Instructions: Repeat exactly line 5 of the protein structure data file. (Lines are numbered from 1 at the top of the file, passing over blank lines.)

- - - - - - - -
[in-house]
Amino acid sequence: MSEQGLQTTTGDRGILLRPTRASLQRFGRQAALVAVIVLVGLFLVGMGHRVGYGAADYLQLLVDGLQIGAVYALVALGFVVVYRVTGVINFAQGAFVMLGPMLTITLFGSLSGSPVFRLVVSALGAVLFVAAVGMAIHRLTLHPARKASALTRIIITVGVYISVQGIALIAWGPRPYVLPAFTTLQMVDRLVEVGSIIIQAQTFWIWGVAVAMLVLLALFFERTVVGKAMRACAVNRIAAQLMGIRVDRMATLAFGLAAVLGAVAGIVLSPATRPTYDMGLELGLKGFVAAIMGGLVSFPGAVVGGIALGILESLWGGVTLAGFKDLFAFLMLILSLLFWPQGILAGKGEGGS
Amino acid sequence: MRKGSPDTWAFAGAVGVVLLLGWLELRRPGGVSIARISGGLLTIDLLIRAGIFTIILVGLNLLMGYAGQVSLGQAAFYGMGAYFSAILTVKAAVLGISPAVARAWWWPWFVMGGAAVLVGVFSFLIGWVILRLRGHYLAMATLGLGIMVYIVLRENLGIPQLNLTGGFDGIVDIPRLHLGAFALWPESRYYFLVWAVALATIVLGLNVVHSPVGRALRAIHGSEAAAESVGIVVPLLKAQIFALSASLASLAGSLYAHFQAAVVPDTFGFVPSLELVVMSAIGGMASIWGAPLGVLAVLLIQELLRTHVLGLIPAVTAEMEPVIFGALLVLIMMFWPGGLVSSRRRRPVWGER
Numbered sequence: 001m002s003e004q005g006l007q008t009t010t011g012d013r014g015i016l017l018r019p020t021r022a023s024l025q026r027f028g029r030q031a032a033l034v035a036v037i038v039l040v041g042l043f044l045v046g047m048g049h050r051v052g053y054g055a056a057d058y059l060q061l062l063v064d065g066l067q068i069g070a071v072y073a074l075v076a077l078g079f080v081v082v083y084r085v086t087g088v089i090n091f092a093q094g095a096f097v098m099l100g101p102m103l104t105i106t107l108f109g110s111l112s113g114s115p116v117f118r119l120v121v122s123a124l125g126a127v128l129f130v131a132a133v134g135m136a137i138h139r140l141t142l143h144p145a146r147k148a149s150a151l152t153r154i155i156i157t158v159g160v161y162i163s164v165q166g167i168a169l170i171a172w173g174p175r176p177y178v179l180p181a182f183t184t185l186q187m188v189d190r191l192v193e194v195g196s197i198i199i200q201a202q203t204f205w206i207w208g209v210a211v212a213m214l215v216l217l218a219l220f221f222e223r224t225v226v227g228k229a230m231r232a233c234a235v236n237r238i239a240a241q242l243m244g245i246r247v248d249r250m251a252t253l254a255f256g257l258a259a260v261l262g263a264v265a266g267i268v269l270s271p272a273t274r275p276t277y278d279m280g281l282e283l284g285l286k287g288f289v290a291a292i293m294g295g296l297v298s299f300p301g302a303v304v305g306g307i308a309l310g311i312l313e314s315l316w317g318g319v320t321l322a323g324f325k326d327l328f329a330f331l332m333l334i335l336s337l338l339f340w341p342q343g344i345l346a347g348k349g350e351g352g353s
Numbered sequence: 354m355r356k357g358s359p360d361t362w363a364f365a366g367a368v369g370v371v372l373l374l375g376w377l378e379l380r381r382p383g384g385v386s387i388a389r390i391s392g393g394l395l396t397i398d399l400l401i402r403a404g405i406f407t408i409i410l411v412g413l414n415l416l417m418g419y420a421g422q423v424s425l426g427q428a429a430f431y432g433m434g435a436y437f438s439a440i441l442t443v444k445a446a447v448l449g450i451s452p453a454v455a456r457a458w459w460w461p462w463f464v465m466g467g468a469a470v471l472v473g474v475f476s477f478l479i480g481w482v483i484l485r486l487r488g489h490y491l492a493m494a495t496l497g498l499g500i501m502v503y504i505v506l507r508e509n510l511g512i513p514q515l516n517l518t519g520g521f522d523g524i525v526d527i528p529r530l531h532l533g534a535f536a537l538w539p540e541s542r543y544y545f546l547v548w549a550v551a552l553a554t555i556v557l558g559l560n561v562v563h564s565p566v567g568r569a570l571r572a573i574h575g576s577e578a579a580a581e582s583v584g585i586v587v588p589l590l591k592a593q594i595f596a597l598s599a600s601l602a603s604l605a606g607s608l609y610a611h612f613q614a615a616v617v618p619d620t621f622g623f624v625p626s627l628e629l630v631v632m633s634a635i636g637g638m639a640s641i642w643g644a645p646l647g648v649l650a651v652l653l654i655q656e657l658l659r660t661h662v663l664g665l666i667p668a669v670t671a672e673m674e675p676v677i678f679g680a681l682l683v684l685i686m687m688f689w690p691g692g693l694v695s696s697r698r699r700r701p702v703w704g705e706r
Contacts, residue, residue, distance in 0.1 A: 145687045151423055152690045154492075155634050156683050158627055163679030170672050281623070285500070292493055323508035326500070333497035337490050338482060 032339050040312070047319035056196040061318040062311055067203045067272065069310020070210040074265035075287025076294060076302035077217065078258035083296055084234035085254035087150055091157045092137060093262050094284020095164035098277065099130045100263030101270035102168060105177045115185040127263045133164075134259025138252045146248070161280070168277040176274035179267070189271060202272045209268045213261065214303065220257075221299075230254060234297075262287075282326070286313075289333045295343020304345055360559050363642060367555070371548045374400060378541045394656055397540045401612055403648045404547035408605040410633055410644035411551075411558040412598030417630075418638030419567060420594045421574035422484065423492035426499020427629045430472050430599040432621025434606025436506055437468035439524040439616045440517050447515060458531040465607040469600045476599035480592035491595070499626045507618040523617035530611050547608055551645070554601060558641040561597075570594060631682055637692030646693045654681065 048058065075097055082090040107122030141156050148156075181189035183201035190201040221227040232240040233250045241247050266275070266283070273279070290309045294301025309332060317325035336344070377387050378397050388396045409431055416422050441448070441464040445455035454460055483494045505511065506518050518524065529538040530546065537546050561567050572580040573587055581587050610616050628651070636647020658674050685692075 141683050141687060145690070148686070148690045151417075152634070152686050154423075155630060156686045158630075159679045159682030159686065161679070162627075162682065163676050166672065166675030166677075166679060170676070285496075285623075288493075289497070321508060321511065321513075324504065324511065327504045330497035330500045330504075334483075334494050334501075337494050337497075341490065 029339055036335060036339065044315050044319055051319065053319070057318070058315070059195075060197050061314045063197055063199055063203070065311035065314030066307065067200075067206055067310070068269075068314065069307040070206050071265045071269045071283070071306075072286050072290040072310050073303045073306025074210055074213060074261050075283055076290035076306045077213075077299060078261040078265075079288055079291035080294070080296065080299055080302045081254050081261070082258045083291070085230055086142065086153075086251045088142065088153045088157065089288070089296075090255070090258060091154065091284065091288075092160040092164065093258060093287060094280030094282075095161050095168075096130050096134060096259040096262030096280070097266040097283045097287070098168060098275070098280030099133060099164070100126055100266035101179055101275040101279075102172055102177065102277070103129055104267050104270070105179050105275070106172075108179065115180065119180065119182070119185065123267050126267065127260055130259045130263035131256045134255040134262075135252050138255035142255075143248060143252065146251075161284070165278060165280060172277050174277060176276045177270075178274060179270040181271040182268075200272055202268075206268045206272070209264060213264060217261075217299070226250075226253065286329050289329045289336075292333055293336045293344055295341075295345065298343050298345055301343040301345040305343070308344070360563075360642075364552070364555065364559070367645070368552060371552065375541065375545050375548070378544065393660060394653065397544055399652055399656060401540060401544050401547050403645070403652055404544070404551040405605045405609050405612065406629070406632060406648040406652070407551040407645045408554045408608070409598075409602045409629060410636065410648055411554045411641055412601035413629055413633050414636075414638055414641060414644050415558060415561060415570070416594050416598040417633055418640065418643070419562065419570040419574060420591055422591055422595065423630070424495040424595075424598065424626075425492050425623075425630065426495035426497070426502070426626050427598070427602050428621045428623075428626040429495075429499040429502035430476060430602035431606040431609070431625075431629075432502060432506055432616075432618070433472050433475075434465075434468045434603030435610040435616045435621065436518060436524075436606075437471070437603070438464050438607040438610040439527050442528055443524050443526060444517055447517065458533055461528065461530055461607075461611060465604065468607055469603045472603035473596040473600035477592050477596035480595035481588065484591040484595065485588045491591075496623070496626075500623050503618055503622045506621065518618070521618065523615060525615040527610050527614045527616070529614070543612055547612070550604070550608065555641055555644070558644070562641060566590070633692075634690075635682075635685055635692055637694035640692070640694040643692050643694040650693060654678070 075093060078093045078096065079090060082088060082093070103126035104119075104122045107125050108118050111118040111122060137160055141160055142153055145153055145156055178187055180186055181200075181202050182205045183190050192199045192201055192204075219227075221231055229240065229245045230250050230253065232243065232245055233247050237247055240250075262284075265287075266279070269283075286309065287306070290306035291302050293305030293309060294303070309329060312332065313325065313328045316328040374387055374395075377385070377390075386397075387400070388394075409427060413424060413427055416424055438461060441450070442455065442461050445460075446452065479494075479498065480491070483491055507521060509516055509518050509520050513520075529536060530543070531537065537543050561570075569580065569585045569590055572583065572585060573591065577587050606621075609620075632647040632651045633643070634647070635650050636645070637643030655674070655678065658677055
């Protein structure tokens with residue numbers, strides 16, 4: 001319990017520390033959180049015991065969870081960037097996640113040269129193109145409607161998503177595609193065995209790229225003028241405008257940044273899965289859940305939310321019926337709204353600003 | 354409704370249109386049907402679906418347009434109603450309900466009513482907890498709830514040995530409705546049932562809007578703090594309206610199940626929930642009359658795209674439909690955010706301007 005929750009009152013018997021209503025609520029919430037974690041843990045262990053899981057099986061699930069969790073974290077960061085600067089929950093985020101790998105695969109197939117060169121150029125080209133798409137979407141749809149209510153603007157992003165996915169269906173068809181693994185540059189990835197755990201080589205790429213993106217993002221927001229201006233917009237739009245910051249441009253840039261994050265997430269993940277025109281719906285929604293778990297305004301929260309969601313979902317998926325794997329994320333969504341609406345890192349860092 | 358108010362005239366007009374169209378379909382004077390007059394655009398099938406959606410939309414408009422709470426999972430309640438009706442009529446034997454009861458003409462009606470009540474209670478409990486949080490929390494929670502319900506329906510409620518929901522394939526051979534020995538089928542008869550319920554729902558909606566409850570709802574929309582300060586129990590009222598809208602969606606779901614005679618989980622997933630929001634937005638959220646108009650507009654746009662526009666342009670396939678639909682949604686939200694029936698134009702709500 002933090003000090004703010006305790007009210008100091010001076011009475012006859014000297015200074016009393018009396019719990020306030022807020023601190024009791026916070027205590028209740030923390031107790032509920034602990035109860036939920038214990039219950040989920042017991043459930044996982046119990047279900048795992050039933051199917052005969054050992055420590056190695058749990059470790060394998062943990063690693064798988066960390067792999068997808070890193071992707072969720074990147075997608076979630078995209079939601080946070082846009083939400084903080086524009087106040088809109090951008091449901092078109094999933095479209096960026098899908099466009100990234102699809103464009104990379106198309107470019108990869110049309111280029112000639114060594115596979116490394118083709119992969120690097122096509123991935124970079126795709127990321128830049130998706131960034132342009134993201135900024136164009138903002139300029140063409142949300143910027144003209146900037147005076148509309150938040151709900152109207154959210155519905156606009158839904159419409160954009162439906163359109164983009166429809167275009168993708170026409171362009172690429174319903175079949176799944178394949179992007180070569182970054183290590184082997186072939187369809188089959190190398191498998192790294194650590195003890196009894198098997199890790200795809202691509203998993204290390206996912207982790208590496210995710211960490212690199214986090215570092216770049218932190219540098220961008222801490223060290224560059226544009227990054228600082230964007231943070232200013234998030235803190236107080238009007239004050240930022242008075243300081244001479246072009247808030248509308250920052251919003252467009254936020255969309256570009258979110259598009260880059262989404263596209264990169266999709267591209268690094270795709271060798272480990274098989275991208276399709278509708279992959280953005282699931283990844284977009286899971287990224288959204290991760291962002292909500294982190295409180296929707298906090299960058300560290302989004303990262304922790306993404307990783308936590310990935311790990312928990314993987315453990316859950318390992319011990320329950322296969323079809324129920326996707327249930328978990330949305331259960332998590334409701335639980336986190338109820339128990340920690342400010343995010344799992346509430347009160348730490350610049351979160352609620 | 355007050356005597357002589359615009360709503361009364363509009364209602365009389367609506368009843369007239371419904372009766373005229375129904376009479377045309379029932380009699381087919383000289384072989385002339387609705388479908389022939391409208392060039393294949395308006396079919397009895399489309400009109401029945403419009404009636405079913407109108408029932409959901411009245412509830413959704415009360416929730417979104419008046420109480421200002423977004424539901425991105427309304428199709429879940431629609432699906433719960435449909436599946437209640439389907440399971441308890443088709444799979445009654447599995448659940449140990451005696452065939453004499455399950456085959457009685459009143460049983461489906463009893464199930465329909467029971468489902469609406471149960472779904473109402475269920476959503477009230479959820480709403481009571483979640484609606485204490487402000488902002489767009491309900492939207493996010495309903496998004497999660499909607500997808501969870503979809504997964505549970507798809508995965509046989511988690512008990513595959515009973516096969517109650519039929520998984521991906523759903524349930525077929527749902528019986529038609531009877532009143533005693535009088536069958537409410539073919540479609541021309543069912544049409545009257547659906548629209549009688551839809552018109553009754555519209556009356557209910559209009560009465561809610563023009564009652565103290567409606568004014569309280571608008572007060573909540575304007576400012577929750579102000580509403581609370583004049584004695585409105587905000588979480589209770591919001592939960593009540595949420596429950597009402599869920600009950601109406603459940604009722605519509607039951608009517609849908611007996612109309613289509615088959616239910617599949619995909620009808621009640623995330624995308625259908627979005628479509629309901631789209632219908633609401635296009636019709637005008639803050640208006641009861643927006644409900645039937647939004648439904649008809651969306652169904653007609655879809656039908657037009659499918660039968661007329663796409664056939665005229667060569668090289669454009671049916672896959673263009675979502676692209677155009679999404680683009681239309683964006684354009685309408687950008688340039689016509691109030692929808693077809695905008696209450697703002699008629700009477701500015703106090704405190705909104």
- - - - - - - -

Numbered sequence: 354m355r356k357g358s359p360d361t362w363a364f365a366g367a368v369g370v371v372l373l374l375g376w377l378e379l380r381r382p383g384g385v386s387i388a389r390i391s392g393g394l395l396t397i398d399l400l401i402r403a404g405i406f407t408i409i410l411v412g413l414n415l416l417m418g419y420a421g422q423v424s425l426g427q428a429a430f431y432g433m434g435a436y437f438s439a440i441l442t443v444k445a446a447v448l449g450i451s452p453a454v455a456r457a458w459w460w461p462w463f464v465m466g467g468a469a470v471l472v473g474v475f476s477f478l479i480g481w482v483i484l485r486l487r488g489h490y491l492a493m494a495t496l497g498l499g500i501m502v503y504i505v506l507r508e509n510l511g512i513p514q515l516n517l518t519g520g521f522d523g524i525v526d527i528p529r530l531h532l533g534a535f536a537l538w539p540e541s542r543y544y545f546l547v548w549a550v551a552l553a554t555i556v557l558g559l560n561v562v563h564s565p566v567g568r569a570l571r572a573i574h575g576s577e578a579a580a581e582s583v584g585i586v587v588p589l590l591k592a593q594i595f596a597l598s599a600s601l602a603s604l605a606g607s608l609y610a611h612f613q614a615a616v617v618p619d620t621f622g623f624v625p626s627l628e629l630v631v632m633s634a635i636g637g638m639a640s641i642w643g644a645p646l647g648v649l650a651v652l653l654i655q656e657l658l659r660t661h662v663l664g665l666i667p668a669v670t671a672e673m674e675p676v677i678f679g680a681l682l683v684l685i686m687m688f689w690p691g692g693l694v695s696s697r698r699r700r701p702v703w704g705e706r